The development and progression of many diseases is related with an inflammatory process, which could affect different organs or tissues. Currently, many drugs are used to treat inflammation. However, some of these compounds induce severe side effects. For this reason, the search of new therapeutic options for the treatment of inflammation is very desirable. Medicinal plants have been an interesting source for obtaining new active compounds, including several terpenes and terpenoids with anti-inflammatory activity. This book chapter includes 62 sesquiterpenes, 34 diterpenes, and 22 triterpenes with anti-inflammatory activity. The anti-inflammatory effect was evaluated using in vitro, in vivo, and both models. These terpenes were obtained from 44 plant species belonging to 25 botanical families. Eight of theses species belong to the Asteraceae family and four to Lamiaceae family, respectively, and the other species belong to 13 different botanical families, one sesquiterpene was obtained from a sponge and two diterpenes were isolated from corals.
Part of the book: Terpenes and Terpenoids
Cancer is a group of related diseases in which there is uncontrolled cell growth that spreads to the surrounding tissues and damages them. Cancer remains the disease with the leading cause of death worldwide, and incidence and mortality are increasing rapidly. The main cancer treatment is chemotherapy; however, the compounds used in this treatment have serious side effects for this reason, is necessary to develop new therapeutic strategies. Natural products are an excellent pharmacological alternative for the treatment of cancer and infections. In search of new compounds with cytotoxic and antimicrobial activity, we have found quinones that have a high pharmacological potency in the treatment of these health problems. Quinones are an aromatic system of one or diketone and are mainly isolated from plants, fungi, bacteria, and other organisms. These compounds are secondary metabolites derived from the oxidation of hydroquinones; they include benzoquinones, naphthoquinones, anthraquinones, and polyquinones. This review summarizes the activity of 152 anticancer and 30 antimicrobial quinones.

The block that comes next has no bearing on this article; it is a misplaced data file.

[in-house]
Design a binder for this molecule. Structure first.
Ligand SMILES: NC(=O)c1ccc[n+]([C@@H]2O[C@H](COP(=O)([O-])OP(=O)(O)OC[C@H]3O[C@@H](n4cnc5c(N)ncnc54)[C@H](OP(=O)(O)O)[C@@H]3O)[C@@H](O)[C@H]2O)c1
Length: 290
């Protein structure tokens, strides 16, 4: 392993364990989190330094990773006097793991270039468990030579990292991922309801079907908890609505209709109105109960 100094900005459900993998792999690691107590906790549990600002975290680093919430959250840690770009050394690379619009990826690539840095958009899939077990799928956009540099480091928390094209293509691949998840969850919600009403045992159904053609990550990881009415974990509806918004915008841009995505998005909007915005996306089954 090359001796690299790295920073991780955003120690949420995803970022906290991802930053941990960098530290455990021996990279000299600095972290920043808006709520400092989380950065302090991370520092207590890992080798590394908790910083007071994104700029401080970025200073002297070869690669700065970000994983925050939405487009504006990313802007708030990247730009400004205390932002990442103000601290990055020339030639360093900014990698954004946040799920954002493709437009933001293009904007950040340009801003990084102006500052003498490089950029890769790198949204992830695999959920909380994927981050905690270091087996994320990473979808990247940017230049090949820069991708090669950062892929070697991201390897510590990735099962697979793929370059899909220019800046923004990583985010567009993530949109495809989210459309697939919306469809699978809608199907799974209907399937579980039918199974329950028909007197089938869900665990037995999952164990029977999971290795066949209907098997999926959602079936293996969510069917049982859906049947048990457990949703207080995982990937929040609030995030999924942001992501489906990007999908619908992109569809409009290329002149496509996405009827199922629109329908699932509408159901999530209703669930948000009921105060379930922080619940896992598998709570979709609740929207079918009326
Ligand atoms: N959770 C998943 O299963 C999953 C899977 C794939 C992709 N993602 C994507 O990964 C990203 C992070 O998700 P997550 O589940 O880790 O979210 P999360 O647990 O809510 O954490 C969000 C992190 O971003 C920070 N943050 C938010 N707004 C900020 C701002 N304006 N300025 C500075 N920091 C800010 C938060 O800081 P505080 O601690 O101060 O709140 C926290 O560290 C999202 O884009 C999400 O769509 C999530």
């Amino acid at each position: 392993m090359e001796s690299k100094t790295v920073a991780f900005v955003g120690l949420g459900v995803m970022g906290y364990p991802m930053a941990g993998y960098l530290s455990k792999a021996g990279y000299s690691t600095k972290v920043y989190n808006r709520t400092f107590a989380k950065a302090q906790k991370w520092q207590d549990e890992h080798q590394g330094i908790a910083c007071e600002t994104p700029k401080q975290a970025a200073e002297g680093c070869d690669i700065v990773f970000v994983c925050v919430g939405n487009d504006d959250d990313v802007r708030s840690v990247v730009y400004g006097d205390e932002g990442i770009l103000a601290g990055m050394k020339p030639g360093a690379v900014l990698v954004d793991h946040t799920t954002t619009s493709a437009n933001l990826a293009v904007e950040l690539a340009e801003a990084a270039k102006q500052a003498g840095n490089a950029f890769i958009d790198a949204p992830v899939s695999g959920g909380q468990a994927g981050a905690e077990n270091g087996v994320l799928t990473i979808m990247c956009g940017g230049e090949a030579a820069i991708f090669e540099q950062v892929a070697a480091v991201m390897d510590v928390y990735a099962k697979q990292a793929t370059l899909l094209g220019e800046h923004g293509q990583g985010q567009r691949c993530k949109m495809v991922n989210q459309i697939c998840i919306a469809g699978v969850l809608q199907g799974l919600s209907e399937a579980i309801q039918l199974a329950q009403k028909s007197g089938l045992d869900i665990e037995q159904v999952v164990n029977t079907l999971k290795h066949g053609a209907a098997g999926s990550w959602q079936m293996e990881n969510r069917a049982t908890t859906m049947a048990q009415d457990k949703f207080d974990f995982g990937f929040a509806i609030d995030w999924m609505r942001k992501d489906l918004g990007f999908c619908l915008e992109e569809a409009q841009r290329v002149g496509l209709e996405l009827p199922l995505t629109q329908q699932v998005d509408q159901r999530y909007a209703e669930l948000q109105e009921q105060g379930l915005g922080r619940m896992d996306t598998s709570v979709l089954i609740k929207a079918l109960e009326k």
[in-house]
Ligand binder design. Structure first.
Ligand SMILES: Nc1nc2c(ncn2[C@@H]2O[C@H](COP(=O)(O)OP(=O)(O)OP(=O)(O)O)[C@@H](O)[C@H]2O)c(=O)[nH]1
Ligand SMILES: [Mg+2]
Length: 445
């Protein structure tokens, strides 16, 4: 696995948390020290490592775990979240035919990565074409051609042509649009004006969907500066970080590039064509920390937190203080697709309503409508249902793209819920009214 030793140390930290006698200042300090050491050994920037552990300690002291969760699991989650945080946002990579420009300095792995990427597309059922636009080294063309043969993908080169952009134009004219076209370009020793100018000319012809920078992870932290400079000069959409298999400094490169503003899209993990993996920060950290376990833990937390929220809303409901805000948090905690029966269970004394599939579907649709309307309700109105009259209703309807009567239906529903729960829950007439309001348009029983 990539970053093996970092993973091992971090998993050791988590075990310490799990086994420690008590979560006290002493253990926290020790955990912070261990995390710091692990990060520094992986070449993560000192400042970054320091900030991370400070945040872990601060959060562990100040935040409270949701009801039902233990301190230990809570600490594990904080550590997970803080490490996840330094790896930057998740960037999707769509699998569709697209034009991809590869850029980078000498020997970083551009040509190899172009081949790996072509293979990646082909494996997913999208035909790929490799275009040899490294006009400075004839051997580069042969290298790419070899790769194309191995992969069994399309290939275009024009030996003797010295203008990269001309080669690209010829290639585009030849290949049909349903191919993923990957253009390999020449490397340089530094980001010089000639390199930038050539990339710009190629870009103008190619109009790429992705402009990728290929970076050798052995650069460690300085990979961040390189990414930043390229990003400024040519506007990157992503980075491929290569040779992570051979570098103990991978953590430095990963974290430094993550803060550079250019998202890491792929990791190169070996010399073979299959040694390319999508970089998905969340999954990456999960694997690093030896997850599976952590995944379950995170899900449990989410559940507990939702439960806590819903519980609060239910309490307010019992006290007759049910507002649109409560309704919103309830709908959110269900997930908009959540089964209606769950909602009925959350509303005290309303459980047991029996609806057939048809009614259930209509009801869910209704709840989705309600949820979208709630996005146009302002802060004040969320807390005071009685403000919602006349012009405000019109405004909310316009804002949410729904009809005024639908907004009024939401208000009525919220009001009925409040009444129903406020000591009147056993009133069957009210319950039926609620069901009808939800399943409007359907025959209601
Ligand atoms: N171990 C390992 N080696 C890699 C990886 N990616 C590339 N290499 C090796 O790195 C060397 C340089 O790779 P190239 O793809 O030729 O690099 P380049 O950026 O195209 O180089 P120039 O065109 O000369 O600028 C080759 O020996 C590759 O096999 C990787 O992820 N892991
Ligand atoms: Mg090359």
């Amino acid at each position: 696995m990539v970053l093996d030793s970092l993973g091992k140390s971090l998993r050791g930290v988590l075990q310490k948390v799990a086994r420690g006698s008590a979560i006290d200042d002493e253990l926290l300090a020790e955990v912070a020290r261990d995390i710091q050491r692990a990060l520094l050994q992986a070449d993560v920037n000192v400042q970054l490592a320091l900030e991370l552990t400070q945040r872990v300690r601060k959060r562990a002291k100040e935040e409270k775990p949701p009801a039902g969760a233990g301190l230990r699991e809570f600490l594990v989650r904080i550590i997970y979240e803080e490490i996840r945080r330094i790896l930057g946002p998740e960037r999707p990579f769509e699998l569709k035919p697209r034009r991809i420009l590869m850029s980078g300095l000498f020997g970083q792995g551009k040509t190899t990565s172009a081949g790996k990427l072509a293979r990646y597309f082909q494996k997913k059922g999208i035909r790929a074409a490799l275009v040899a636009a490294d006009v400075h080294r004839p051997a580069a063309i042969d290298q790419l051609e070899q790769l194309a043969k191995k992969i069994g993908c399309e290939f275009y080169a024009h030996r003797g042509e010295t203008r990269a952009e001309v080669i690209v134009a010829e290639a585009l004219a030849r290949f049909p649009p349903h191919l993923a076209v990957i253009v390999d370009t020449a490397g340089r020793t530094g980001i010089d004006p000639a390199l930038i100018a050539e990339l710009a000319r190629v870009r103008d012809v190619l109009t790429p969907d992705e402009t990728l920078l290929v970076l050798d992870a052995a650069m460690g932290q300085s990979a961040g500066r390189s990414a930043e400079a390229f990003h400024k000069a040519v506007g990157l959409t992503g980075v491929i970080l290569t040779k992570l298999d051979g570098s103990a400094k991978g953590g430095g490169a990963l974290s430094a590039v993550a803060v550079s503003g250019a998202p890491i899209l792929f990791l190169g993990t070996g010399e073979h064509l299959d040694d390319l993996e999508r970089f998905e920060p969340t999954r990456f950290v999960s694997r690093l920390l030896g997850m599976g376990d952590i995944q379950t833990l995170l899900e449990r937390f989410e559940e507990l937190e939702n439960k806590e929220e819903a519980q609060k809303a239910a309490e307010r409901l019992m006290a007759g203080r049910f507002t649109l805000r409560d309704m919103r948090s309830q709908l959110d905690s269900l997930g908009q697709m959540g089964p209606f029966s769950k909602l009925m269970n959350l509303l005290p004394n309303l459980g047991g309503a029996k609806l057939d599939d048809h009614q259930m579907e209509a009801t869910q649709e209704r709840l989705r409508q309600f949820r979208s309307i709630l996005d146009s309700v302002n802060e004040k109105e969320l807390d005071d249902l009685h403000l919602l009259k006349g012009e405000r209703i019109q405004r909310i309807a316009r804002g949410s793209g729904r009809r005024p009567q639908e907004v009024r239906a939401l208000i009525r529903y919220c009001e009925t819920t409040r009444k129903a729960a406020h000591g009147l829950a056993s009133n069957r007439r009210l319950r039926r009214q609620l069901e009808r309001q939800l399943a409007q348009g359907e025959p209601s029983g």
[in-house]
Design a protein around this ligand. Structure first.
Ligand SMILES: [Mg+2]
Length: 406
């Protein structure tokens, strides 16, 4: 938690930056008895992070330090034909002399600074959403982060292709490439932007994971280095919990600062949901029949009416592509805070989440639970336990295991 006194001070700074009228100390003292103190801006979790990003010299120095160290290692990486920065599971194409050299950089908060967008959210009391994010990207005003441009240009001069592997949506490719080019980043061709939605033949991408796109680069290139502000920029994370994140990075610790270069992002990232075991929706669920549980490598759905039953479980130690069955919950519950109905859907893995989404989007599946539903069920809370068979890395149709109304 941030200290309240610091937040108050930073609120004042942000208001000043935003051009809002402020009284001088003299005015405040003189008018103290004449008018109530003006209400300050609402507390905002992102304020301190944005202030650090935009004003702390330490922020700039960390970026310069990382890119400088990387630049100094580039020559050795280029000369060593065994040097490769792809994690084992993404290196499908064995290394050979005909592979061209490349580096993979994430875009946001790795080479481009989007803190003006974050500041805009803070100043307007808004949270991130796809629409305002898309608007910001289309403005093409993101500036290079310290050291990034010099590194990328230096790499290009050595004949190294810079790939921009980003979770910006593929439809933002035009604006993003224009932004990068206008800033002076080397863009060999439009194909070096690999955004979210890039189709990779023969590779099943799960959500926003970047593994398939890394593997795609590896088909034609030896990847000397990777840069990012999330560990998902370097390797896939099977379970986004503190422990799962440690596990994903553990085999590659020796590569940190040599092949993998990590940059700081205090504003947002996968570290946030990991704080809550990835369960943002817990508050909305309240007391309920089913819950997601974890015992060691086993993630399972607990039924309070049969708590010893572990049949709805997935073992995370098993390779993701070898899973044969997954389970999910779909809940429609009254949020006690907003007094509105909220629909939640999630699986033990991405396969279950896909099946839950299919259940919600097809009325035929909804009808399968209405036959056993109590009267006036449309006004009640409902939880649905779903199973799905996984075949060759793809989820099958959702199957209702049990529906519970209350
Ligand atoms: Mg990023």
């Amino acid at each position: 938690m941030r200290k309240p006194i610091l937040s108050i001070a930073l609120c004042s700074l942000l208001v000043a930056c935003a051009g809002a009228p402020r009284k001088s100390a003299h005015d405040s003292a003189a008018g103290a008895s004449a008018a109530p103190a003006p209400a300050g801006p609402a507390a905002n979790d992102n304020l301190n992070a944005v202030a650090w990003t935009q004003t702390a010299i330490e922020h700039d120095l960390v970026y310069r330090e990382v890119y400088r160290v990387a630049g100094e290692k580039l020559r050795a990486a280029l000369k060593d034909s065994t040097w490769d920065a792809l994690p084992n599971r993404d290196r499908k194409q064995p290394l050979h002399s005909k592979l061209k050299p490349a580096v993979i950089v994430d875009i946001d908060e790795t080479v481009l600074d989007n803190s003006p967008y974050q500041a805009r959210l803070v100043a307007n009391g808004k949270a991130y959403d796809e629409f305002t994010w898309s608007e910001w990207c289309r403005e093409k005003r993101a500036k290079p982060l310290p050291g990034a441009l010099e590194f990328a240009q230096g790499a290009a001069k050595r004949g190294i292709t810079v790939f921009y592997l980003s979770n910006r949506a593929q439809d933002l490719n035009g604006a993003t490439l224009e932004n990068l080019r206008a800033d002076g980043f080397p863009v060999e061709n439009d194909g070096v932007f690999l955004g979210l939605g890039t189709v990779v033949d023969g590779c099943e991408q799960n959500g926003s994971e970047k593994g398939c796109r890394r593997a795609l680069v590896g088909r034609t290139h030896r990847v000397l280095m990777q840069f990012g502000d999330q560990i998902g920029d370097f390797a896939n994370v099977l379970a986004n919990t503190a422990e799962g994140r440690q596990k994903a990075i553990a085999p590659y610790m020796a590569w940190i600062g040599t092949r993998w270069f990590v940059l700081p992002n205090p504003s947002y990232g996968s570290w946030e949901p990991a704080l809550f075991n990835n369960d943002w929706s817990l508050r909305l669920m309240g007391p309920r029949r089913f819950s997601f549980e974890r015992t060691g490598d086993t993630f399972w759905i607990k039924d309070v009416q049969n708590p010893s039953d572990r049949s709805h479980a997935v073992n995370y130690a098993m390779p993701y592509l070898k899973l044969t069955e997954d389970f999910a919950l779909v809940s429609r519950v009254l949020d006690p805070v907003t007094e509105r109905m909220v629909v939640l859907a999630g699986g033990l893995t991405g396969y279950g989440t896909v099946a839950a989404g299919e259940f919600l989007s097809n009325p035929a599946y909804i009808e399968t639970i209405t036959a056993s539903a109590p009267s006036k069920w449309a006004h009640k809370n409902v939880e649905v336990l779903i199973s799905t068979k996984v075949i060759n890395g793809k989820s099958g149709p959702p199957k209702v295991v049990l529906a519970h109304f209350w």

Part of the book: Cytotoxicity
Lignans and neolignans are plant’s secondary metabolites, widely distributed in the plant kingdom, and have been identified in more than 70 plant families. These compounds are mainly localized in lignified tissues, seeds, and roots. Lignans and neolignans present a great variety of biological activities, such as antioxidant, anti-inflammatory, antineurodegenerative, antiviral, antimicrobial, and antitumor. By 2040, it is estimated that the number of new cancer cases per year will rise to 29.5 million; therefore, the development of new anticancer agents and adjuvants is essential. Lignans and neolignans have also indicated a reduction in the risk of cancer at different stages. The objective of this review is to search and analyze the cytotoxic and antitumor activity of lignans and neolignans that can be an important source of new antitumor drugs. We have made a comprehensive summary of 113 lignans and neolignans, obtained from 44 plants and divided between 34 families, which demonstrated cytotoxic activity in several human cancer cell lines evaluated through various in vitro studies and other in vivo models, by inducing mitochondrial apoptosis and cell cycle arrest, inhibiting NF-κβ activity and activation of metalloproteinases (MMPs), among other processes. Overall, 13 compounds, methoxypinoresinol, arctigenin, trachelogenin, 4-O-methylhonokiol, honokiol, bifidenone, (−)-trachelogeninit, deoxypodophyllotoxin, matairesinol, bejolghotin G, H, and I, and hedyotol-B, showed the best anticancer activity.
Part of the book: Secondary Metabolites